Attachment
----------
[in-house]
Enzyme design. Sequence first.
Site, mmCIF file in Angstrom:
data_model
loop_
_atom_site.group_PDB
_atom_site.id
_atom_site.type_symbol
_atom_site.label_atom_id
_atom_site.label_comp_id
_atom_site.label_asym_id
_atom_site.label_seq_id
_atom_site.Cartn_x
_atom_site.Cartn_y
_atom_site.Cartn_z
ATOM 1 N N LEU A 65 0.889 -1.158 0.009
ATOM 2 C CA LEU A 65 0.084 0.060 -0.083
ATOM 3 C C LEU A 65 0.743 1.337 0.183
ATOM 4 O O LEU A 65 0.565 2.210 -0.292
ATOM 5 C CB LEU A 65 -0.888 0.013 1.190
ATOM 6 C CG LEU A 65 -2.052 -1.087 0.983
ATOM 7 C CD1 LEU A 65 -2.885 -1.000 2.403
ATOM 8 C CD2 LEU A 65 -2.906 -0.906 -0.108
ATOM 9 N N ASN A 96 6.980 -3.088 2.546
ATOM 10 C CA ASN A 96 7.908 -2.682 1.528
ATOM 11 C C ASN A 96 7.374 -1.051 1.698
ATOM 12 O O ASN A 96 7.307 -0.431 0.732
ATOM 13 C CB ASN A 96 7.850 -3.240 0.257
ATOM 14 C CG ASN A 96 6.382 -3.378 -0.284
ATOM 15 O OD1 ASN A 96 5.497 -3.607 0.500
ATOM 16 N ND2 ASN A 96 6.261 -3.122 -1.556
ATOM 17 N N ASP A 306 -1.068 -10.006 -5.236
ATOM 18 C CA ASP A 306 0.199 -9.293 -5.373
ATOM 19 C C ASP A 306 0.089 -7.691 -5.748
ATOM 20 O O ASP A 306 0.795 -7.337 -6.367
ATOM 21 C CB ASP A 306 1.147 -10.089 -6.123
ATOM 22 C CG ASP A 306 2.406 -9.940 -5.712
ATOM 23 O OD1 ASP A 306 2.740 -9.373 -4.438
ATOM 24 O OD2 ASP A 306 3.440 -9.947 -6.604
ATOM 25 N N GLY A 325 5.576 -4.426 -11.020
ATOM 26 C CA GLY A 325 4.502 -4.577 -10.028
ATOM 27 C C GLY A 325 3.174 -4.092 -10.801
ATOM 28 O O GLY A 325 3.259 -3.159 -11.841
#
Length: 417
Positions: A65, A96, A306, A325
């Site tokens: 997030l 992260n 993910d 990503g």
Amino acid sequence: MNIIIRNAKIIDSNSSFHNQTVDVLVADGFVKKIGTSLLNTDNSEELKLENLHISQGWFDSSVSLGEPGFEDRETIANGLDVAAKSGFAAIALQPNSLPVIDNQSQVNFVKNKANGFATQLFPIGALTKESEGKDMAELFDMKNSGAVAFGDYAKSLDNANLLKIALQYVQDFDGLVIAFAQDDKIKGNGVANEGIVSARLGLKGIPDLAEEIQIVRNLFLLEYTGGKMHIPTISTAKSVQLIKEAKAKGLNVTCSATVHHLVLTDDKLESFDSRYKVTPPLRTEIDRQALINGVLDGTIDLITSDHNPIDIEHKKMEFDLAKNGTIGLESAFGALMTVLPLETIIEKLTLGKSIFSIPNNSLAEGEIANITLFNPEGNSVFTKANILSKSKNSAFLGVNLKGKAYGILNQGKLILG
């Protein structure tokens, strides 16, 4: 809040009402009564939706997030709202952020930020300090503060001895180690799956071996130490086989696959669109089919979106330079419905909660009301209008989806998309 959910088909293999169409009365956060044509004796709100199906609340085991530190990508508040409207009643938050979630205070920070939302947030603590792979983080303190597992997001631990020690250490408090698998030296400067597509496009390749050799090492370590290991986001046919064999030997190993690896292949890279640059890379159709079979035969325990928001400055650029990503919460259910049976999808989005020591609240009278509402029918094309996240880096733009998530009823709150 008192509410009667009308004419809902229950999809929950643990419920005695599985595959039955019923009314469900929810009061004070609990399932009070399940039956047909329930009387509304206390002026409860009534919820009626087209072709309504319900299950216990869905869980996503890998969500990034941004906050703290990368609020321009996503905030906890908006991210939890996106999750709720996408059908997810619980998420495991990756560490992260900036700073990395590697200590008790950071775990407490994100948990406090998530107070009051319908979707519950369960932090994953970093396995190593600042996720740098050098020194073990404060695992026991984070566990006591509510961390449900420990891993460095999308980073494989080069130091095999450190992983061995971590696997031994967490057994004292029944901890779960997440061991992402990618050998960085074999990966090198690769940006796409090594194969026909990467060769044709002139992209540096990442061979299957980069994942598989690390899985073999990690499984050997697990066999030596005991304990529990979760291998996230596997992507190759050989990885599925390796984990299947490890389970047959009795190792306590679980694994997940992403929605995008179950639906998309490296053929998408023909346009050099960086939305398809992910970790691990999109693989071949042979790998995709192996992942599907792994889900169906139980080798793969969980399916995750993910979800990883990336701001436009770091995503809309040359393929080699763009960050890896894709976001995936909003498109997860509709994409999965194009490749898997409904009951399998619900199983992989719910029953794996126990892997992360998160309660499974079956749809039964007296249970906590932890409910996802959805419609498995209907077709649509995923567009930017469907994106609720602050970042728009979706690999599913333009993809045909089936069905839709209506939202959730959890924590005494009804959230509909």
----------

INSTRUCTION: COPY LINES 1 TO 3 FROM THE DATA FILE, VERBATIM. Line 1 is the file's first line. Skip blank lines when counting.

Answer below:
[in-house]
Enzyme design. Sequence first.
Site, mmCIF file in Angstrom: